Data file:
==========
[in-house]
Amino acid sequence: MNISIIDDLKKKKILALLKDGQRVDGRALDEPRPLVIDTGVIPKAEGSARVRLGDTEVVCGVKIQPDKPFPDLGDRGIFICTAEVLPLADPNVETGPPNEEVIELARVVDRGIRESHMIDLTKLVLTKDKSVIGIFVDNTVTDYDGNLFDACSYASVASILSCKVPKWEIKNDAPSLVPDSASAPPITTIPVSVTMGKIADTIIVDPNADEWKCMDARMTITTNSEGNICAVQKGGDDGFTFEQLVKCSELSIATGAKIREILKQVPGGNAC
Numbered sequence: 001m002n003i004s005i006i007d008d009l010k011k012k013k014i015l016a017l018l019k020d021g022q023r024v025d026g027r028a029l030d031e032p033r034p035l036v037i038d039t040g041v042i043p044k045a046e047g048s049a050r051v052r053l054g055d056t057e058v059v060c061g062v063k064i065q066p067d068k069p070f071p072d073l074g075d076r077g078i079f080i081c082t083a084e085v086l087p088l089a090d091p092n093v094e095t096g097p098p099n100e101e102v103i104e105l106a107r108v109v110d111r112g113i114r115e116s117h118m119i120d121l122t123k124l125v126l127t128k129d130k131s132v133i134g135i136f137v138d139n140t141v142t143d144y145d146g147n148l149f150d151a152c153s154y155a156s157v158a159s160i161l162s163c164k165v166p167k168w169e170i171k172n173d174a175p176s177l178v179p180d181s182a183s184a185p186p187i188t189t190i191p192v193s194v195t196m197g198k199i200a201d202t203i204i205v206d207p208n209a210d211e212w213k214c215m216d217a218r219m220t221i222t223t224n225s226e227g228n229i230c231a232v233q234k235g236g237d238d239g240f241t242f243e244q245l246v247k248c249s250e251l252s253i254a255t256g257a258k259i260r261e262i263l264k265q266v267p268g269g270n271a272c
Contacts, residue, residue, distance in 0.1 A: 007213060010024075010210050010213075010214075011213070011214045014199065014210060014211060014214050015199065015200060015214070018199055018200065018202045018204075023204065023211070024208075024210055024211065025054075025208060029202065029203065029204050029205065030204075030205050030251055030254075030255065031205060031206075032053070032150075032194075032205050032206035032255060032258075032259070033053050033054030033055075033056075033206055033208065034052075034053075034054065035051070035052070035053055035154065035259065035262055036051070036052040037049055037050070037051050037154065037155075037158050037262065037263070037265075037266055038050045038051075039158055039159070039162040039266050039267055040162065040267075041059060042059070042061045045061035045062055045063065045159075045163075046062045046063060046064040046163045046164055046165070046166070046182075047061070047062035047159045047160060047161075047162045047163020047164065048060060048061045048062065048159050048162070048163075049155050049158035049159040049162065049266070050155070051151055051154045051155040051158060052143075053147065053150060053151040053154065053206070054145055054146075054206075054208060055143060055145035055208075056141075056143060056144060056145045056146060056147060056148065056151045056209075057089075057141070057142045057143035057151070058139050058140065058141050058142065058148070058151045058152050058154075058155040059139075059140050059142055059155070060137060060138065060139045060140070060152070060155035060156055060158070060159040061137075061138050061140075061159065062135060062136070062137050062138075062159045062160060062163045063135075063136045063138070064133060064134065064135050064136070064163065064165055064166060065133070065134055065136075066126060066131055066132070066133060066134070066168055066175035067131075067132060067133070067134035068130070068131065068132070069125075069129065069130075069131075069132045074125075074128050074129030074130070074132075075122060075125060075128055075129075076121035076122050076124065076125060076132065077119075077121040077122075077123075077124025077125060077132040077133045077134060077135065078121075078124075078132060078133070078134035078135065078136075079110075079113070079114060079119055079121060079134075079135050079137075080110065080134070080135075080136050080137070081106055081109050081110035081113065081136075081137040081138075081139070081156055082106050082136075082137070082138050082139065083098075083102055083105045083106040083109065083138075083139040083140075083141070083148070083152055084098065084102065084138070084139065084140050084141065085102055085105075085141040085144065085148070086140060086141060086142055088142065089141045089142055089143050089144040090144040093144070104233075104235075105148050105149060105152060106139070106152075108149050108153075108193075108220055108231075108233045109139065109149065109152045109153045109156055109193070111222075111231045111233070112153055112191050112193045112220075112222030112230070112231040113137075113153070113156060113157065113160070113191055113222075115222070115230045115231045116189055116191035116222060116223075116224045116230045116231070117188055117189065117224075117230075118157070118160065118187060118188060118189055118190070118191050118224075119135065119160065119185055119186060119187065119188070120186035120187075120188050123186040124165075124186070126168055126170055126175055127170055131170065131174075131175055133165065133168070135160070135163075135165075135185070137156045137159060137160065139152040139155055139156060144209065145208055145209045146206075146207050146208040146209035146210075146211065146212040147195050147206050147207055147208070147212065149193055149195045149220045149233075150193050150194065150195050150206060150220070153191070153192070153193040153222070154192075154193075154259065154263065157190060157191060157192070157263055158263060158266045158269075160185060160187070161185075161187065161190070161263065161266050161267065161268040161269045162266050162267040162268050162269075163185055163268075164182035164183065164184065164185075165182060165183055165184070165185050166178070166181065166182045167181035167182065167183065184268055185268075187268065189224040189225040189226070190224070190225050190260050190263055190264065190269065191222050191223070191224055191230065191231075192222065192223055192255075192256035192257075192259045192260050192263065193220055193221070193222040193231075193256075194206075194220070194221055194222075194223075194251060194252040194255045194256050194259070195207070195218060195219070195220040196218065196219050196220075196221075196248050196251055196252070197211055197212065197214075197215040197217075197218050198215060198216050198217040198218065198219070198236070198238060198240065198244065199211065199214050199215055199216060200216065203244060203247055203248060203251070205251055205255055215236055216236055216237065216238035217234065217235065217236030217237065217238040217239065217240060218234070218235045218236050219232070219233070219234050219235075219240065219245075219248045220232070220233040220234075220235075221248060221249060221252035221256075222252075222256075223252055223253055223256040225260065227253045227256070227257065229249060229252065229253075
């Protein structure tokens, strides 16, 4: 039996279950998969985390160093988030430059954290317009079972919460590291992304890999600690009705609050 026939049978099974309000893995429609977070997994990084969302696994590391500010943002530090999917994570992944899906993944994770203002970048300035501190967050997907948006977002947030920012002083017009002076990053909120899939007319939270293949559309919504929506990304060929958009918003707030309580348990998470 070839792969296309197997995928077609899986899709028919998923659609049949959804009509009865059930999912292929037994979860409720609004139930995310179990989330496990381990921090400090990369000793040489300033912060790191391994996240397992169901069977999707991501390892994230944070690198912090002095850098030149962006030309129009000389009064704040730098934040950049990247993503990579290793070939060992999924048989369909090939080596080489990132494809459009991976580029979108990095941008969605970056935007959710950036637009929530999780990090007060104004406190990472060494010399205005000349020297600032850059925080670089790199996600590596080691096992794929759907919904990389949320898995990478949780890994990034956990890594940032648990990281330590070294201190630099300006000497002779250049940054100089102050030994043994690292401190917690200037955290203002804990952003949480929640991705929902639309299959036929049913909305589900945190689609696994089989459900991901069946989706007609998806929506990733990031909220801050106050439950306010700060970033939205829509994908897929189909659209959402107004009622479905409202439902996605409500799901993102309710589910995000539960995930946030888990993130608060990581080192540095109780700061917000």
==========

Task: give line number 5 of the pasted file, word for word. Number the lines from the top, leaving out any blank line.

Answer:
């Protein structure tokens, strides 16, 4: 039996279950998969985390160093988030430059954290317009079972919460590291992304890999600690009705609050 026939049978099974309000893995429609977070997994990084969302696994590391500010943002530090999917994570992944899906993944994770203002970048300035501190967050997907948006977002947030920012002083017009002076990053909120899939007319939270293949559309919504929506990304060929958009918003707030309580348990998470 070839792969296309197997995928077609899986899709028919998923659609049949959804009509009865059930999912292929037994979860409720609004139930995310179990989330496990381990921090400090990369000793040489300033912060790191391994996240397992169901069977999707991501390892994230944070690198912090002095850098030149962006030309129009000389009064704040730098934040950049990247993503990579290793070939060992999924048989369909090939080596080489990132494809459009991976580029979108990095941008969605970056935007959710950036637009929530999780990090007060104004406190990472060494010399205005000349020297600032850059925080670089790199996600590596080691096992794929759907919904990389949320898995990478949780890994990034956990890594940032648990990281330590070294201190630099300006000497002779250049940054100089102050030994043994690292401190917690200037955290203002804990952003949480929640991705929902639309299959036929049913909305589900945190689609696994089989459900991901069946989706007609998806929506990733990031909220801050106050439950306010700060970033939205829509994908897929189909659209959402107004009622479905409202439902996605409500799901993102309710589910995000539960995930946030888990993130608060990581080192540095109780700061917000």